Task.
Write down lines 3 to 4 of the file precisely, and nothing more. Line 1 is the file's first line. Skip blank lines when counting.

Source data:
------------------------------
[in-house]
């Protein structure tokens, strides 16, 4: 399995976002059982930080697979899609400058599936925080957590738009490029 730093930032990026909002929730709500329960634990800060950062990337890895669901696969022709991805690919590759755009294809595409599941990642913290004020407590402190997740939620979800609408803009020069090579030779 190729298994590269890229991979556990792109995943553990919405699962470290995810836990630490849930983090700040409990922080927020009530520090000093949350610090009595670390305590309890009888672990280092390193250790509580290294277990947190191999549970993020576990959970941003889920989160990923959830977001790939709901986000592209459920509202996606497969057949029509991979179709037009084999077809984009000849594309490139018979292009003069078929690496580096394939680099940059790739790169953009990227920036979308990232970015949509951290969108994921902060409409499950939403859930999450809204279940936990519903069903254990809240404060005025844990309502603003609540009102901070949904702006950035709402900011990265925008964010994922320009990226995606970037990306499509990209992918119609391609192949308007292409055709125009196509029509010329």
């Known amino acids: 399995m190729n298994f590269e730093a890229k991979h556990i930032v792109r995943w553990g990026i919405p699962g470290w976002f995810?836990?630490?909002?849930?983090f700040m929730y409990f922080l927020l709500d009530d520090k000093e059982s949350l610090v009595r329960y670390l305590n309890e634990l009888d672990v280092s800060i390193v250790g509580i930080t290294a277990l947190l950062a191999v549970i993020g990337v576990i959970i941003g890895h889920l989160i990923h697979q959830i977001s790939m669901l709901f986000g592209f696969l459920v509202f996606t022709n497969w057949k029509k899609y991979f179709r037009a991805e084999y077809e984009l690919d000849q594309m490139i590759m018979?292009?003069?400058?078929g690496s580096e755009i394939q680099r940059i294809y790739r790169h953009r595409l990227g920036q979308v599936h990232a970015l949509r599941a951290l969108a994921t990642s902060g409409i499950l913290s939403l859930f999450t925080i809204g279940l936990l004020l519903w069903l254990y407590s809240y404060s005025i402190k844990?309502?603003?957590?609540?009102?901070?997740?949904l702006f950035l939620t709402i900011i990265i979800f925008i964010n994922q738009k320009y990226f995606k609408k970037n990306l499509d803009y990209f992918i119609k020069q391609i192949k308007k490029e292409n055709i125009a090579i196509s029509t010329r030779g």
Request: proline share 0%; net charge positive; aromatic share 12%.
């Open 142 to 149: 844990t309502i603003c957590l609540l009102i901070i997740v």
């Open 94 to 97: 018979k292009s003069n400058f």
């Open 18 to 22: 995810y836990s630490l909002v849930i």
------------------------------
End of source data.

């Known amino acids: 399995m190729n298994f590269e730093a890229k991979h556990i930032v792109r995943w553990g990026i919405p699962g470290w976002f995810?836990?630490?909002?849930?983090f700040m929730y409990f922080l927020l709500d009530d520090k000093e059982s949350l610090v009595r329960y670390l305590n309890e634990l009888d672990v280092s800060i390193v250790g509580i930080t290294a277990l947190l950062a191999v549970i993020g990337v576990i959970i941003g890895h889920l989160i990923h697979q959830i977001s790939m669901l709901f986000g592209f696969l459920v509202f996606t022709n497969w057949k029509k899609y991979f179709r037009a991805e084999y077809e984009l690919d000849q594309m490139i590759m018979?292009?003069?400058?078929g690496s580096e755009i394939q680099r940059i294809y790739r790169h953009r595409l990227g920036q979308v599936h990232a970015l949509r599941a951290l969108a994921t990642s902060g409409i499950l913290s939403l859930f999450t925080i809204g279940l936990l004020l519903w069903l254990y407590s809240y404060s005025i402190k844990?309502?603003?957590?609540?009102?901070?997740?949904l702006f950035l939620t709402i900011i990265i979800f925008i964010n994922q738009k320009y990226f995606k609408k970037n990306l499509d803009y990209f992918i119609k020069q391609i192949k308007k490029e292409n055709i125009a090579i196509s029509t010329r030779g």
Request: proline share 0%; net charge positive; aromatic share 12%.